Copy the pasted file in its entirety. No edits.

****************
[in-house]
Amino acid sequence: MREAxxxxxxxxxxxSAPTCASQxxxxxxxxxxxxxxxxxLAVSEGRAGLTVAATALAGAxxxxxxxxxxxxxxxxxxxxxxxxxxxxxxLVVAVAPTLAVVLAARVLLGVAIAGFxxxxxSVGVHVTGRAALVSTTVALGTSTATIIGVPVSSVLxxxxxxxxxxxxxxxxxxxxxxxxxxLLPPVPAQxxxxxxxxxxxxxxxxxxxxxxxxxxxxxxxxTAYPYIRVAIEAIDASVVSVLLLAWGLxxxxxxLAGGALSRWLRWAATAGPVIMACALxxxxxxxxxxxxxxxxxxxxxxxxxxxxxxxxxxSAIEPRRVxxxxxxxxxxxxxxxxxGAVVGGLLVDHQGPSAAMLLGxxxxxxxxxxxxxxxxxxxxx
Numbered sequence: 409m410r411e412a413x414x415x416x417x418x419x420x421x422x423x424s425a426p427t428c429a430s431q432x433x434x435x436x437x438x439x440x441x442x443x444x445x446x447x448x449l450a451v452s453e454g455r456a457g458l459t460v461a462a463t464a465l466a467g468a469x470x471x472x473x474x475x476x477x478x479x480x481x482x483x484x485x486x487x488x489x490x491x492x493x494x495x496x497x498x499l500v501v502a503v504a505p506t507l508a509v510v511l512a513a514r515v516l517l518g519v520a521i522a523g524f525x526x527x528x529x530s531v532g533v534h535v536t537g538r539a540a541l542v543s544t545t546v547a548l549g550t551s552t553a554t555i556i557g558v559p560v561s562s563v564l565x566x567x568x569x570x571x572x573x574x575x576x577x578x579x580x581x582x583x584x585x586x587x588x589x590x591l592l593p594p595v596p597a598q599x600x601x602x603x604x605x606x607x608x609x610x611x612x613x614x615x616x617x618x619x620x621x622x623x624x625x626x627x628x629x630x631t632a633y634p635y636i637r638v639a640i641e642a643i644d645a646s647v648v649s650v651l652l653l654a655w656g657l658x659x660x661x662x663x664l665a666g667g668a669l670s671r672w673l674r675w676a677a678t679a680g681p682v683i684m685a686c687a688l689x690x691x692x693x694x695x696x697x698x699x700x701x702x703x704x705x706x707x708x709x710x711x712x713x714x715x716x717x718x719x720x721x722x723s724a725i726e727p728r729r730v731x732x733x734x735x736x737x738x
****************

[in-house]
Amino acid sequence: MREAxxxxxxxxxxxSAPTCASQxxxxxxxxxxxxxxxxxLAVSEGRAGLTVAATALAGAxxxxxxxxxxxxxxxxxxxxxxxxxxxxxxLVVAVAPTLAVVLAARVLLGVAIAGFxxxxxSVGVHVTGRAALVSTTVALGTSTATIIGVPVSSVLxxxxxxxxxxxxxxxxxxxxxxxxxxLLPPVPAQxxxxxxxxxxxxxxxxxxxxxxxxxxxxxxxxTAYPYIRVAIEAIDASVVSVLLLAWGLxxxxxxLAGGALSRWLRWAATAGPVIMACALxxxxxxxxxxxxxxxxxxxxxxxxxxxxxxxxxxSAIEPRRVxxxxxxxxxxxxxxxxxGAVVGGLLVDHQGPSAAMLLGxxxxxxxxxxxxxxxxxxxxx
Numbered sequence: 409m410r411e412a413x414x415x416x417x418x419x420x421x422x423x424s425a426p427t428c429a430s431q432x433x434x435x436x437x438x439x440x441x442x443x444x445x446x447x448x449l450a451v452s453e454g455r456a457g458l459t460v461a462a463t464a465l466a467g468a469x470x471x472x473x474x475x476x477x478x479x480x481x482x483x484x485x486x487x488x489x490x491x492x493x494x495x496x497x498x499l500v501v502a503v504a505p506t507l508a509v510v511l512a513a514r515v516l517l518g519v520a521i522a523g524f525x526x527x528x529x530s531v532g533v534h535v536t537g538r539a540a541l542v543s544t545t546v547a548l549g550t551s552t553a554t555i556i557g558v559p560v561s562s563v564l565x566x567x568x569x570x571x572x573x574x575x576x577x578x579x580x581x582x583x584x585x586x587x588x589x590x591l592l593p594p595v596p597a598q599x600x601x602x603x604x605x606x607x608x609x610x611x612x613x614x615x616x617x618x619x620x621x622x623x624x625x626x627x628x629x630x631t632a633y634p635y636i637r638v639a640i641e642a643i644d645a646s647v648v649s650v651l652l653l654a655w656g657l658x659x660x661x662x663x664l665a666g667g668a669l670s671r672w673l674r675w676a677a678t679a680g681p682v683i684m685a686c687a688l689x690x691x692x693x694x695x696x697x698x699x700x701x702x703x704x705x706x707x708x709x710x711x712x713x714x715x716x717x718x719x720x721x722x723s724a725i726e727p728r729r730v731x732x733x734x735x736x737x738x